Robert  Campagnino

Managing Director





Matt Hedrick

Senior Analyst

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PM: Battling The Dollar

Philip Morris International (PM) reported weak first quarter earnings for 2013. One of the major headwinds the company is up against is a stronger US dollar. In the chart below, we've highlighted periods of dollar strength and weakness and how it is inversely correlated with strength and weakness in the share price of PM. When the dollar is weak, PM's share price tends to rise and vice versa. The outlook for Philip Morris is not a positive one on our end and we believe the company will have a rough time meeting earnings per share (EPS) estimates going forward.


PM: Battling The Dollar - PM dollar

Morning Reads From Our Sector Heads

Keith McCullough (CEO):


Najib Warns Anwar Malaysia Election Win Spells Disaster (via Bloomberg)


Facing Arrest, Musharraf Flees Courtroom in Pakistan (via New York Times)


Josh Steiner (Financials):


Rising Bank Profits Tempt a Push for Tougher Rules (via NYT Dealbook)


Fed’s Rosengren: Broker-Dealers Are Potential Threat to Stability (via WSJ MoneyBeat)


Hedgie Playing Hooky (via NY Post)


Kevin Kaiser (Energy):




Matthew Hedrick (Europe):


Senate Blocks Drive for Gun Control (via New York Times)


Brian McGough (Retail):


Apparel Makers Face Profit Squeeze as Prices Drop and Labor Costs Rise (via Sourcing Journal Online)


Howard Penney (Restaurants):


Traders Eat Up Restaurant Stocks on Growth Bet: EcoPulse (via Bloomberg)




PM – Currency can be a Bear

PM is on the tape with Q1 2013 EPS of $1.29, a shortfall of $0.05 versus consensus – however, currency was a $0.07 headwind in the quarter.  Currency is now forecasted to be a $0.19 headwind for the year (versus $0.06 prior) resulting in a $0.13 downward adjustment to EPS at both the top and bottom end (now $5.55 to $5.65).  Underlying guidance remains unchanged.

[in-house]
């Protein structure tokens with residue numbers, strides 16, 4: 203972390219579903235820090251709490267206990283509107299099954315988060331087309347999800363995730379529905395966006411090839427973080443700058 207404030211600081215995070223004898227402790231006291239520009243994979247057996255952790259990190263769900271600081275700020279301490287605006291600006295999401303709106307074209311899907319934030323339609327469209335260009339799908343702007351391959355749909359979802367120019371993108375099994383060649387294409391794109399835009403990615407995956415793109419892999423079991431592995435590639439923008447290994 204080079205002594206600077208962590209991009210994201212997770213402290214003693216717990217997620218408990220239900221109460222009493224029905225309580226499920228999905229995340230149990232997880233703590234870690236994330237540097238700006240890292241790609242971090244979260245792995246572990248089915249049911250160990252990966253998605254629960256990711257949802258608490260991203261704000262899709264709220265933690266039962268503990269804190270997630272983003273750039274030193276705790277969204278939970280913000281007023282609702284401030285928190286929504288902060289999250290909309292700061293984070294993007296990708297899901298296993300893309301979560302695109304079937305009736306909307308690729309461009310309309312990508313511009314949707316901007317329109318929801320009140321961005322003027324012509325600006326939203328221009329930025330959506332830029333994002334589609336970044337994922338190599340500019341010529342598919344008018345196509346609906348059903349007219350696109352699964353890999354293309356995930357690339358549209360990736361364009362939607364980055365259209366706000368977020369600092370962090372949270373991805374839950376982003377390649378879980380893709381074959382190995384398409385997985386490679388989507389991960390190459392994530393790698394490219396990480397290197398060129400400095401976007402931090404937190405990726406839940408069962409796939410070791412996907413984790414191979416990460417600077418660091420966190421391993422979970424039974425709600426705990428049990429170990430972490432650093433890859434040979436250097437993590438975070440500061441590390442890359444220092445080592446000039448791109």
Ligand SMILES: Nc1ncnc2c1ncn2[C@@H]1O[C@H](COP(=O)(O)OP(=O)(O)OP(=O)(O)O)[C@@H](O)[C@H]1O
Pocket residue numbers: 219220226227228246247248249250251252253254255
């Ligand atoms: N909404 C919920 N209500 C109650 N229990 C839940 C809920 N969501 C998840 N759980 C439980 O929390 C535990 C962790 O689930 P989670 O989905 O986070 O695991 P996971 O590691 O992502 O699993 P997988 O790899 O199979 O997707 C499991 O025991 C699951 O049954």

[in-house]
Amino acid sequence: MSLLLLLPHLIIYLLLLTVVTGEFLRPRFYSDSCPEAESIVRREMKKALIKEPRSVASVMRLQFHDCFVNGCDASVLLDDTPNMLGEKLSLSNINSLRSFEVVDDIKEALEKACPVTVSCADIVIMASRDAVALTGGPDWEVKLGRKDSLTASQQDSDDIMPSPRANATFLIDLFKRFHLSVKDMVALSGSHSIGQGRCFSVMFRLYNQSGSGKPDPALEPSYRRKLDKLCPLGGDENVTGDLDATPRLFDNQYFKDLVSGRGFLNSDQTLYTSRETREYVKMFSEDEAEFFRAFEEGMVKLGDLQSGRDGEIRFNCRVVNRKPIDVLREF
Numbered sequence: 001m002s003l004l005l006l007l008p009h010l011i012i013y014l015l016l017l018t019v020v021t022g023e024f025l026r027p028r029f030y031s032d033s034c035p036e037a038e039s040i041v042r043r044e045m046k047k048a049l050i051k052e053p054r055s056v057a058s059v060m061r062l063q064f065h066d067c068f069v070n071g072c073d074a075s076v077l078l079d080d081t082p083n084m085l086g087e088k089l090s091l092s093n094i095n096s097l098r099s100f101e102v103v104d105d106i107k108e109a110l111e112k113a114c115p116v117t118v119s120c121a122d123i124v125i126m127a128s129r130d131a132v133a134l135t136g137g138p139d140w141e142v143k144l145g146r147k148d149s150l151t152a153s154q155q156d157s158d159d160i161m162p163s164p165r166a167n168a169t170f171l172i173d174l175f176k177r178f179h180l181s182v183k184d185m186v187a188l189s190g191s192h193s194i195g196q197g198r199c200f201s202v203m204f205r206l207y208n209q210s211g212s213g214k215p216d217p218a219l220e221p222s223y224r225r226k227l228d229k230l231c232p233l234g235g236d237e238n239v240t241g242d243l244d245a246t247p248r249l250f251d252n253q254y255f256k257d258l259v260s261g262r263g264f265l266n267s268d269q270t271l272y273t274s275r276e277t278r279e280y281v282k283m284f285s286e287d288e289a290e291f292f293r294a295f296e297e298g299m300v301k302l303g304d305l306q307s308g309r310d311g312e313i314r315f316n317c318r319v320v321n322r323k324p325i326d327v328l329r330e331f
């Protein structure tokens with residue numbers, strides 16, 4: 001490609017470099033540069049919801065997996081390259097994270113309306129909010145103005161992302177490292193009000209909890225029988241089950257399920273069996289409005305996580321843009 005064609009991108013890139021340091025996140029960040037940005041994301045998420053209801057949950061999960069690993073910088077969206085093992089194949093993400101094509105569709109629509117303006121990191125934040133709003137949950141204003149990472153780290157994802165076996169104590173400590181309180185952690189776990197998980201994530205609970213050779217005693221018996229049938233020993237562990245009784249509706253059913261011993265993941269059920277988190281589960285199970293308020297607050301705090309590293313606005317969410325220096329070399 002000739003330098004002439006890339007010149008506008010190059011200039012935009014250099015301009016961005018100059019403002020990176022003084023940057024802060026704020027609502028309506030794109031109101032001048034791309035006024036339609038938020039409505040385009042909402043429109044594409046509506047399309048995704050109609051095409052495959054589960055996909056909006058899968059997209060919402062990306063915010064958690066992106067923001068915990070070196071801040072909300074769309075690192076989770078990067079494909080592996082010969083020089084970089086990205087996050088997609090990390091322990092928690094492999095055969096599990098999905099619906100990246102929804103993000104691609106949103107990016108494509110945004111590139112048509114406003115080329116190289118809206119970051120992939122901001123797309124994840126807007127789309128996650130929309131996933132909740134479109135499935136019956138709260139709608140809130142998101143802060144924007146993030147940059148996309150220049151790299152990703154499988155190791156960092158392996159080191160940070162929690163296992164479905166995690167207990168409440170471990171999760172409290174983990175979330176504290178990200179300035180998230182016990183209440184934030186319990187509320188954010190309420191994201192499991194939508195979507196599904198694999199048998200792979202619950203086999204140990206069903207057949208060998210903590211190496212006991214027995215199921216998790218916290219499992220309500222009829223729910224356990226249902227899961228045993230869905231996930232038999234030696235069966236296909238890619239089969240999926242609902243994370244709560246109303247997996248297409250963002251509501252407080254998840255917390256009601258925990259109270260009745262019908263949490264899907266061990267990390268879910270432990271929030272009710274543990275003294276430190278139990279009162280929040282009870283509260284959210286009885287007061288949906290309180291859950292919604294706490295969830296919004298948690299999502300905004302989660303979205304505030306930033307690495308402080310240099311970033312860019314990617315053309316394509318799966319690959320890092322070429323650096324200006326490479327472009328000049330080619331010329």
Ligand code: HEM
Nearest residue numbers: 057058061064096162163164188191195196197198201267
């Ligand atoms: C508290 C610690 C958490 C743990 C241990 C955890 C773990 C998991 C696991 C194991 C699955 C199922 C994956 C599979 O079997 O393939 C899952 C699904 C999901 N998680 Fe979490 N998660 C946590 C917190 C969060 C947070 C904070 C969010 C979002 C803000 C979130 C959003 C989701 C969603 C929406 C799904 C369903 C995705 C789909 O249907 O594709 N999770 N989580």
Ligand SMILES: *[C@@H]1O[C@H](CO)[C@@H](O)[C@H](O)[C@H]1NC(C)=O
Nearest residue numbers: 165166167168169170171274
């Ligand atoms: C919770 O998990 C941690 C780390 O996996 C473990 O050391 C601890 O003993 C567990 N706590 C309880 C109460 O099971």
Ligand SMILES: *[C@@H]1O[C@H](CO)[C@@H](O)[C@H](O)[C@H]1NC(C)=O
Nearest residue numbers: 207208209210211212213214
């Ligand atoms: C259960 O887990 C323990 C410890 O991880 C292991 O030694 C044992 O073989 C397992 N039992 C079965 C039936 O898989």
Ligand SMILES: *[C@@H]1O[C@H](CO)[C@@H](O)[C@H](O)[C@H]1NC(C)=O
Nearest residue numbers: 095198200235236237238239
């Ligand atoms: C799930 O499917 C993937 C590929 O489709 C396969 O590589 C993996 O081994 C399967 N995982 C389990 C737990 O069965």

PM posted a volume decline of 6.5% (against the toughest comparison of the year, +5.4%).  Volume was weaker than consensus in multiple regions – European Union (-10.1% reported versus -6.7%), Asia (-10.4% reported versus -5.4%) and Latin America and Canada (-7.5% reported versus -1.0%).  However, again, Q1 was the most difficult comparison of the year in each of those regions.  Despite the volume shortfall versus consensus, reported revenue (net of excise taxes) of $7.584 billion came in slightly better than consensus, against a very difficult comparison.  Constant currency organic revenue growth was +3.2% despite the volume print, indicating to us that the pricing architecture for 2013 is in place and intact.

Operating income declined year over year (-0.6%), currency neutral EBIT +2.9%, so the company saw negative operating leverage for the first quarter since Q4 2011 – not surprising given the volume print in the quarter.


What we liked:

  • Preservation of underlying operating guidance
  • Solid pricing architecture in place for 2013
  • Respectable constant currency organic revenue growth of +3.2% against a difficult comparison
  • Comparisons ease substantially through the balance of 2013

What we didn’t like:

  • EPS miss and reduction of guidance (even if for no reason other than currency)
  • Volume weakness across multiple regions versus consensus (and even versus our more bearish estimates)
  • Lack of operating leverage (first time since Q4 2011)
  • Awful FCF generation in the quarter (-32.8%, and -17.1% adjusting for currency)

It’s tough for us to be positive on a stock when EPS estimates are heading lower (regardless of the reason) and when we couple that with a firm view of continued strength in the U.S. dollar, we have a hard time getting behind PM at this point despite what we readily acknowledge as strength in the underlying business model.


Call with questions,




PM – Currency can be a Bear - rr. 1


PM – Currency can be a Bear - rr. 2



Robert Campagnino


Managing Director










Matt Hedrick

Senior Analyst